George Lawrence is perhaps best known for his series of aerial photographs depicting the destruction resulting
from the 1906 San Francisco earthquake and fire.
However Lawrence had already been active as an aerial photographer for many years. Much of his photography is focused on the panoramic view and what better panoramic view than the view from the sky.
Using special panoramic cameras he designed himself Lawrence first tried 20-ft ladders, next a 200 ft telescoping
tower of wire and wood, then lighter than air balloons, and finally a series of kites to lift his cameras aloft.
Dubbed the Lawrence Captive Airship it utilized a string of seven kites to lift the specially designed cameras to
heights of 2,000 ft. Cameras weighing as much as 49 pounds and capable of producing negatives from 10 x 24 inches to a staggering 30 x 87 inches in size. The largest negatives yet taken from any airborne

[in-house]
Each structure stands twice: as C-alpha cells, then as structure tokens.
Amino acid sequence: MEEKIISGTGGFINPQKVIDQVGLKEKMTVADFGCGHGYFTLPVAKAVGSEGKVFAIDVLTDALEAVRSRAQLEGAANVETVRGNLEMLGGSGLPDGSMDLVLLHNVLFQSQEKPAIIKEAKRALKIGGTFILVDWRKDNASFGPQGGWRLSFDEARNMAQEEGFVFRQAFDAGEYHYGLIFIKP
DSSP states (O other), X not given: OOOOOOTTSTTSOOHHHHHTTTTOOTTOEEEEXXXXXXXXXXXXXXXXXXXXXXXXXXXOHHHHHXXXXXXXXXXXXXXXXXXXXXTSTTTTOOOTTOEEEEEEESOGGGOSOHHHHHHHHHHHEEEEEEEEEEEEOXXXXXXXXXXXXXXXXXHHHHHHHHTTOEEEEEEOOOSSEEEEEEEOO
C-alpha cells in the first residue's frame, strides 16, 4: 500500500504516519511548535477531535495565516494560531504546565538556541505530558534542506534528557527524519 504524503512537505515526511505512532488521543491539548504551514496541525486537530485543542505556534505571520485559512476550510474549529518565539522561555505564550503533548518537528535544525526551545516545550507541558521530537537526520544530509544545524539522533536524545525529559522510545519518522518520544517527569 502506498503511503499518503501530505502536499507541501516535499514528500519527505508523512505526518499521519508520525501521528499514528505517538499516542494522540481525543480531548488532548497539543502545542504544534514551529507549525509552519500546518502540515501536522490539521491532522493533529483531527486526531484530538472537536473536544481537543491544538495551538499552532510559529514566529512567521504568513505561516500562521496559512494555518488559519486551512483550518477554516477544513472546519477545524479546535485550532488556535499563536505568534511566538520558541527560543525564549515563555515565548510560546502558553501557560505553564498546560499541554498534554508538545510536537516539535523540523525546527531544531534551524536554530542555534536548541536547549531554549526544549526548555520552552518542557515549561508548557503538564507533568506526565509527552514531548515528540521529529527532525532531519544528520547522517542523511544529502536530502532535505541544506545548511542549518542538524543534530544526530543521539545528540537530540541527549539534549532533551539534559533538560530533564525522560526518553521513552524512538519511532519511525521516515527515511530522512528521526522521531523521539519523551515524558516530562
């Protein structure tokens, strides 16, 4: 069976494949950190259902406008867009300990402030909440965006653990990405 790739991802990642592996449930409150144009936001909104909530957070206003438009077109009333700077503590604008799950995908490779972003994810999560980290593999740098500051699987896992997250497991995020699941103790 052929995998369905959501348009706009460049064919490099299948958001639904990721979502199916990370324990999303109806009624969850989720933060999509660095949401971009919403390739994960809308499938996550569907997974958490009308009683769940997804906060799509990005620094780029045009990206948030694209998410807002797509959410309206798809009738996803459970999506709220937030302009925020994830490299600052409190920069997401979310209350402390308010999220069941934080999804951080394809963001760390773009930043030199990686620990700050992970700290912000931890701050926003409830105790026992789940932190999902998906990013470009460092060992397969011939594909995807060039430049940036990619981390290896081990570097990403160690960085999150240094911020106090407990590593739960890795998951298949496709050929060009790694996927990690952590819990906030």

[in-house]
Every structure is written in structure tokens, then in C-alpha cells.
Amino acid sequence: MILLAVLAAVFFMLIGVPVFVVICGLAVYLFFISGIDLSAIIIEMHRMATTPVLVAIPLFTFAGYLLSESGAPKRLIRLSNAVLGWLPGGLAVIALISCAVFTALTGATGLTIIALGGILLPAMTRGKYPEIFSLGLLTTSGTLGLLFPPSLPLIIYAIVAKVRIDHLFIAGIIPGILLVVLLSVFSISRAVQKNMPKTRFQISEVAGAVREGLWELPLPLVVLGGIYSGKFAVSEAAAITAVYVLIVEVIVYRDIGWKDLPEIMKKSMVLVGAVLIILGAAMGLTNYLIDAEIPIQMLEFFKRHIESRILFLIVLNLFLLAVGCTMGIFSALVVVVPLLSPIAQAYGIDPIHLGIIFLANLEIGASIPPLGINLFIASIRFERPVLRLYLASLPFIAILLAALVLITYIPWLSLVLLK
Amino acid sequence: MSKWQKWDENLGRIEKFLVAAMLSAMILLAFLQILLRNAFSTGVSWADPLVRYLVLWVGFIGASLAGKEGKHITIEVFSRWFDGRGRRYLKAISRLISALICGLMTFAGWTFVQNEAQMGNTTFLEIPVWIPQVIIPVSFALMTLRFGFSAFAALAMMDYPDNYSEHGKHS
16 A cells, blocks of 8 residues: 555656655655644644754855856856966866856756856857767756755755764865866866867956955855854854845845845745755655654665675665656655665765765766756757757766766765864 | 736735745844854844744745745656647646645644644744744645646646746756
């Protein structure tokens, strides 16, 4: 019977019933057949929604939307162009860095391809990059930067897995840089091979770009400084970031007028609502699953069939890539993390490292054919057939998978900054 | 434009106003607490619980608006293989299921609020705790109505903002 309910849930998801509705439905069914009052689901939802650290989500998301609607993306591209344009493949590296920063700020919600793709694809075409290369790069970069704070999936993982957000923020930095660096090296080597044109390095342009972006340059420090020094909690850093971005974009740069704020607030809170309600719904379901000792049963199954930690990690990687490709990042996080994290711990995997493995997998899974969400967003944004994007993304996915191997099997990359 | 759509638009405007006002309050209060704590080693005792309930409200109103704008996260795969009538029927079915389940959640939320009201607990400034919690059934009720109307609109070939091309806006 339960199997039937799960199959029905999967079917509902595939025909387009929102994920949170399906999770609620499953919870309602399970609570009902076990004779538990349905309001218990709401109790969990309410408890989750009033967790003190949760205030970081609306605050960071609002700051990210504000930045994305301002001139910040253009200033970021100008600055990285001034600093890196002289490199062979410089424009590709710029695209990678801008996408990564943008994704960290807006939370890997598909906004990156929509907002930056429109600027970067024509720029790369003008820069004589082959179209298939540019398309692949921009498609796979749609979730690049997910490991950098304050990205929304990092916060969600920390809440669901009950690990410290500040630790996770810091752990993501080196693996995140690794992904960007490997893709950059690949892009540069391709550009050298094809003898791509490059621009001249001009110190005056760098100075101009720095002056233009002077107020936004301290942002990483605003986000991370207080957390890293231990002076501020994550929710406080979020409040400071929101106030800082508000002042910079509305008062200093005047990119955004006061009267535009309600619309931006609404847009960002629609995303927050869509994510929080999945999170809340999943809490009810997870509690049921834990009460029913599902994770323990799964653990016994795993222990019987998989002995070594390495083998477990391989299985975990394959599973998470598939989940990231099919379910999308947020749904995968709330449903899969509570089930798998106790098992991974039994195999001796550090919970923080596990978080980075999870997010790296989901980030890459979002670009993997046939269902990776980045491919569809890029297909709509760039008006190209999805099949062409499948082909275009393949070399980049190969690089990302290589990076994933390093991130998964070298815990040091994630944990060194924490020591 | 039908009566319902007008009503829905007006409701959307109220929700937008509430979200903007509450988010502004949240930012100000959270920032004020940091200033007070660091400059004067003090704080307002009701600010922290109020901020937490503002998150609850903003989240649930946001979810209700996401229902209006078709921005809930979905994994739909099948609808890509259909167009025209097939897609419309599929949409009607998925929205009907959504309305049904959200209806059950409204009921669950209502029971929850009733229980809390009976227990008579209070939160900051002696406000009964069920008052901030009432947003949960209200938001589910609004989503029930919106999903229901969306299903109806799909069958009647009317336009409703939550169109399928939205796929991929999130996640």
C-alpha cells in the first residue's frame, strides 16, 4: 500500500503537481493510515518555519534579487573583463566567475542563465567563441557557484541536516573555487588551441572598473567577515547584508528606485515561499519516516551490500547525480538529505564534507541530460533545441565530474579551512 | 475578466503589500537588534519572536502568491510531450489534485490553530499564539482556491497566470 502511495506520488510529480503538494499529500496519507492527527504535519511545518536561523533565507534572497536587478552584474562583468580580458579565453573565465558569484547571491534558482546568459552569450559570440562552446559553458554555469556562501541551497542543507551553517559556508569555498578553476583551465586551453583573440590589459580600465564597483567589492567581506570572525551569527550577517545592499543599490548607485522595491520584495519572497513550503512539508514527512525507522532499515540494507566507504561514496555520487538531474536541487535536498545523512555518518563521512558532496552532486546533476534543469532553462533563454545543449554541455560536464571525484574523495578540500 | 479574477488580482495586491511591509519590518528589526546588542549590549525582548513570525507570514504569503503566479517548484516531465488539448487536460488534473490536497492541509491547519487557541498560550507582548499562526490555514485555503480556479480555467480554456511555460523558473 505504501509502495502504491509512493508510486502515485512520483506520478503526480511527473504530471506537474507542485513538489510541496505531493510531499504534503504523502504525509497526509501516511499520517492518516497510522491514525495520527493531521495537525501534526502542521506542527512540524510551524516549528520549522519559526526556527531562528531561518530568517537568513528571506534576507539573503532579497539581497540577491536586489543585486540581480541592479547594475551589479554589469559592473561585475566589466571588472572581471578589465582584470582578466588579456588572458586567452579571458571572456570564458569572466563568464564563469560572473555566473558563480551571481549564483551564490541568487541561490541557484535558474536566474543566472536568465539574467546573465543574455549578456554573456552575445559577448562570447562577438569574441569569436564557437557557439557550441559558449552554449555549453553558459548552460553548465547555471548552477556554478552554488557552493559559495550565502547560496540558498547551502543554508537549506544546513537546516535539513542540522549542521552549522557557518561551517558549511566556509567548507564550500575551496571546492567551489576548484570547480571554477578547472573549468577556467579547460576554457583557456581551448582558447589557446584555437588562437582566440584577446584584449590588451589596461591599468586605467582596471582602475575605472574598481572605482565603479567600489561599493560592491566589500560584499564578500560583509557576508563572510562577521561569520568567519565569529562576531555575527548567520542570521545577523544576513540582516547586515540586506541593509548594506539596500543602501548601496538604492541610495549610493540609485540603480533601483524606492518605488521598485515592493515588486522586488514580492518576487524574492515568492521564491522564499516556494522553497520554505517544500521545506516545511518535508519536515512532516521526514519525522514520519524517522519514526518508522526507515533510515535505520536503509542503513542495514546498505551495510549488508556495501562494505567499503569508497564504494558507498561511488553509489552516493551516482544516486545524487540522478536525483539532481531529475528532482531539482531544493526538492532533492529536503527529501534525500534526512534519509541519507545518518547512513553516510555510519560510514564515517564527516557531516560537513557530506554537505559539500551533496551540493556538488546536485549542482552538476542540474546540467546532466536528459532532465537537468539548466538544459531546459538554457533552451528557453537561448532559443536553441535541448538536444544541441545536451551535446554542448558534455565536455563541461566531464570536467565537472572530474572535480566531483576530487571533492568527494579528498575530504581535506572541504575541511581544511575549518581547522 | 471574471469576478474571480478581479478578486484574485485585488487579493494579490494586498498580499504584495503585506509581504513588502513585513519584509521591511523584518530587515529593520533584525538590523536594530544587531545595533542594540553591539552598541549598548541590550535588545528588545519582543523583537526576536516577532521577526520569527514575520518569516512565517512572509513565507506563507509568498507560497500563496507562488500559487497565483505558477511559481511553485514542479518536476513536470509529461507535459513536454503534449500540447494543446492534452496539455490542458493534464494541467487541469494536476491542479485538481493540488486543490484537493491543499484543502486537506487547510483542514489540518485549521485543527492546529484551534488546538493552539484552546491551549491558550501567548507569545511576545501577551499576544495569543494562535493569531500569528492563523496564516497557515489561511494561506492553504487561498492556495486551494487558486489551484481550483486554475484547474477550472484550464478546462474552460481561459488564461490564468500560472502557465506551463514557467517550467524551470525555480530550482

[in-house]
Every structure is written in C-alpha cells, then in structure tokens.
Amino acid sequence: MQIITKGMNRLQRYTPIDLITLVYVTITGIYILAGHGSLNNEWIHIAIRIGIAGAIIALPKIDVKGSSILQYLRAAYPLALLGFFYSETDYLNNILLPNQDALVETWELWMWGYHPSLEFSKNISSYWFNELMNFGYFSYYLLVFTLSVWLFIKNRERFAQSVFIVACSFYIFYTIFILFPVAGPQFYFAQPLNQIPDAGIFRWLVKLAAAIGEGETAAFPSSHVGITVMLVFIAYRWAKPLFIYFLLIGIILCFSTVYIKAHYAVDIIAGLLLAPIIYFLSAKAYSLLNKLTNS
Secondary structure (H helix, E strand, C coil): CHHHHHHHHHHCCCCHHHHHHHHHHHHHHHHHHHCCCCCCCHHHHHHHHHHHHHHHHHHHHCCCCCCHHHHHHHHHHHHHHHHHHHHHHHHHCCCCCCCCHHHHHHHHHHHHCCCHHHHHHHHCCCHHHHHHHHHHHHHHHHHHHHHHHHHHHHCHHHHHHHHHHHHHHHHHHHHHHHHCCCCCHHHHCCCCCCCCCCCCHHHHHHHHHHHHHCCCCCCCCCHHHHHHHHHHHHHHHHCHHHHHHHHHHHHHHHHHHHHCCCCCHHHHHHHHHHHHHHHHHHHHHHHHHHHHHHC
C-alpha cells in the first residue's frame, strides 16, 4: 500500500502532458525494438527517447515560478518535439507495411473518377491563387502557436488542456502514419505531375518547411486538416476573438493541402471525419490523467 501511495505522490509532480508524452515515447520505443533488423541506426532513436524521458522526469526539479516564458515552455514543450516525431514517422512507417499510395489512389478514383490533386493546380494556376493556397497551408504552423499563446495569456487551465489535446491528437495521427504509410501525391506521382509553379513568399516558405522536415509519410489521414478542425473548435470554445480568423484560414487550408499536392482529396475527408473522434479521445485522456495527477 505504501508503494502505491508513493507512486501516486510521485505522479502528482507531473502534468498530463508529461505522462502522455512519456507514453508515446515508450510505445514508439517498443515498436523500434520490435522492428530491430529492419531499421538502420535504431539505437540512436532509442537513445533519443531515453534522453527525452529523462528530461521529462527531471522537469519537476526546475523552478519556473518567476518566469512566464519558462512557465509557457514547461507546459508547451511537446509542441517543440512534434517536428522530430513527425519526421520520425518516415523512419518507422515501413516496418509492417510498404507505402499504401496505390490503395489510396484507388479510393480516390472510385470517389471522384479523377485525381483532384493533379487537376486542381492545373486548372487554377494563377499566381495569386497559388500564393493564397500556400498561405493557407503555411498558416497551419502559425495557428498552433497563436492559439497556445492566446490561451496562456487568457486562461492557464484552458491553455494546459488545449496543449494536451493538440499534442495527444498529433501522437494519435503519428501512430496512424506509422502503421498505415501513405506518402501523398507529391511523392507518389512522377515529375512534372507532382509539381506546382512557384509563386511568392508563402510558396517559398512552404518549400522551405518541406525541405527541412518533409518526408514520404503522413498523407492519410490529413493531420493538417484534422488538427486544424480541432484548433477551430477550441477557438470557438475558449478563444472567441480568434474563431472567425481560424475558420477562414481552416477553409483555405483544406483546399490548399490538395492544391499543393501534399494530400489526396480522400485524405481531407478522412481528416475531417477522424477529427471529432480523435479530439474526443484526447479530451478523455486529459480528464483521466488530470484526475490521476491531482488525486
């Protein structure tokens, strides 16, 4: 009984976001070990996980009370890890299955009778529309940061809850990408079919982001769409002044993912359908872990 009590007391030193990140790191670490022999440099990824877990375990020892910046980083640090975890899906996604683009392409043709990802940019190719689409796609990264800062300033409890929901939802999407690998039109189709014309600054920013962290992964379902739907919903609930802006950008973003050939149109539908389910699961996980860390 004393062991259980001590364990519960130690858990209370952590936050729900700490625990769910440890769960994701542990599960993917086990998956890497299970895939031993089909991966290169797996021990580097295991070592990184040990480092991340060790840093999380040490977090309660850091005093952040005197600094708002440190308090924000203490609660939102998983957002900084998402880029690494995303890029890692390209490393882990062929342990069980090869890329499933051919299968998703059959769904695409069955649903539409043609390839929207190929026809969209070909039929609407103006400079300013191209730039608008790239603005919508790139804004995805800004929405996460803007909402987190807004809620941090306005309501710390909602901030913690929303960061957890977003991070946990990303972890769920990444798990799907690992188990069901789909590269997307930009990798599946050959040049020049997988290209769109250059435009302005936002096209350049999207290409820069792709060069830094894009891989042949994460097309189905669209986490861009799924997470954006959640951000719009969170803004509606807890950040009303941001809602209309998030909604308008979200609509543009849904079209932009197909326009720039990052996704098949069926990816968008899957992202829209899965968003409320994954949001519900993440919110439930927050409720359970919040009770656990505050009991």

Each image was produced as a direct contact print producing images with extreme clarity and detail. The exposure
was made by sending an electrical signal through the kite string to a solenoid shutter release. When the exposure occurred a small parachute was released. At this signal that the picture had been taken
the kites were pulled down and the camera reloaded.
All in days work for a man who's business slogan was "The Hitherto Impossible in Photography is our Specialty."